Pride and George W. Bush
Gene also passed along to me this quote from a Molly Ivin's column from the current Mother Jones:
So what manner of monster is behind these outrages? I have known George W. Bush slightly since we were both in high school, and I studied him closely as governor. He is neither mean nor stupid. What we have here is a man shaped by three intertwining strands of Texas culture, combined with huge blinkers of class. The three Texas themes are religiosity, anti-intellectualism, and machismo. They all play well politically with certain constituencies.
Let's assume the religiosity is genuine; no one is in a position to know otherwise. I leave it to more learned commentators to address what "Christian" might actually mean in terms of public policy.
The anti-intellectualism is also authentic. This is a grudge Bush has carried at least since his college days when he felt looked down on as a frat rat by more cerebral types. Despite his pedigree and prep schools, he ran into Eastern stereotypes of Texans at Yale, a common experience at Ivy schools in that time. John F. Kennedy, the consummate, effortlessly graceful, classy Harvard man, had just been assassinated in ugly old Dallas, and Lyndon Johnson's public piety gave many people the creeps. Texans were more or less thought of as yahoo barbarians somewhere between the Beverly Hillbillies and Deliverance. I do not exaggerate by much. To have a Texas accent in the East in those days was to have 20 points automatically deducted from your estimated IQ. And Texans have this habit of playing to the stereotype -- it's irresistible. One proud Texan I know had never owned a pair of cowboy boots in his life until he got a Nieman Fellowship to Harvard. Just didn't want to let anyone down.
For most of us who grow up in the "boonies" and go to school in the East, it's like speaking two languages -- Bill Clinton, for example, is perfectly bilingual. But it's not unusual for a spell in the East to reinforce one's Texanness rather than erode it, and that's what happened to Bush. Bush had always had trouble reading -- we assume it is dyslexia (although Slate's Jacob Weisberg attributes it to aphasia); his mom was still doing flash cards with him when he was in junior high. Feeling intellectually inferior apparently fed into his resentment of Easterners and other known forms of snob.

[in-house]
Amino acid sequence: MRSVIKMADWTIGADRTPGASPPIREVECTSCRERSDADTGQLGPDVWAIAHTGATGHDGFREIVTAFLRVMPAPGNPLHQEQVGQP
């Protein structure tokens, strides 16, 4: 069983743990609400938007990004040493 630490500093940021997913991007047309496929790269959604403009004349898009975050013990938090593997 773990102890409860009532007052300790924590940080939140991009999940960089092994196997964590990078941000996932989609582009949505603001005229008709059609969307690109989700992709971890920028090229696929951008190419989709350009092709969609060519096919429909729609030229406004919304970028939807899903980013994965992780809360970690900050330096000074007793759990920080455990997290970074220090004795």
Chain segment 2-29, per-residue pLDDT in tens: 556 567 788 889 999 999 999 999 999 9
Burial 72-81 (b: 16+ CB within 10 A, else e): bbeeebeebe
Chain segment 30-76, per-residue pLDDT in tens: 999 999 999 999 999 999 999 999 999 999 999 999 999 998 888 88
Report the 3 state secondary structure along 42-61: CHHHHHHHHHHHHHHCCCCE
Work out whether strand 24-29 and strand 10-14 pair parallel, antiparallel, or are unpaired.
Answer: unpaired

Bush once said, "There's a West Texas populist streak in me, and it irritates me when these people come out to Midland and look at my friends with just the utmost disdain." In his mind, Midland is the true-blue heartland of the old vox pop. The irony is that Midland along with its twin city, Odessa, is one of the most stratified and narrow places in the country. Both are oil towns with amazingly strict class segregation. Midland is the white-collar, Republican town; Odessa is the blue-collar, Democratic town. The class conflict plays out in an annual football rivalry so intense that H.G. Bissinger featured it in his best-selling book, Friday Night Lights. To mistake Midland for the volk heartland is the West Texas equivalent of assuming that Greenwich, Connecticut, is Levittown.
In George W. Bush we may see the clearest manifestation of the failure of the rest of the nation, particularly the North East, to treat the South as dignified human beings. Bush is responsible for his own reactions to the abusive stereotypes he encountered. But karma is also resulting in payback for those who have heaped on the abuse with glee.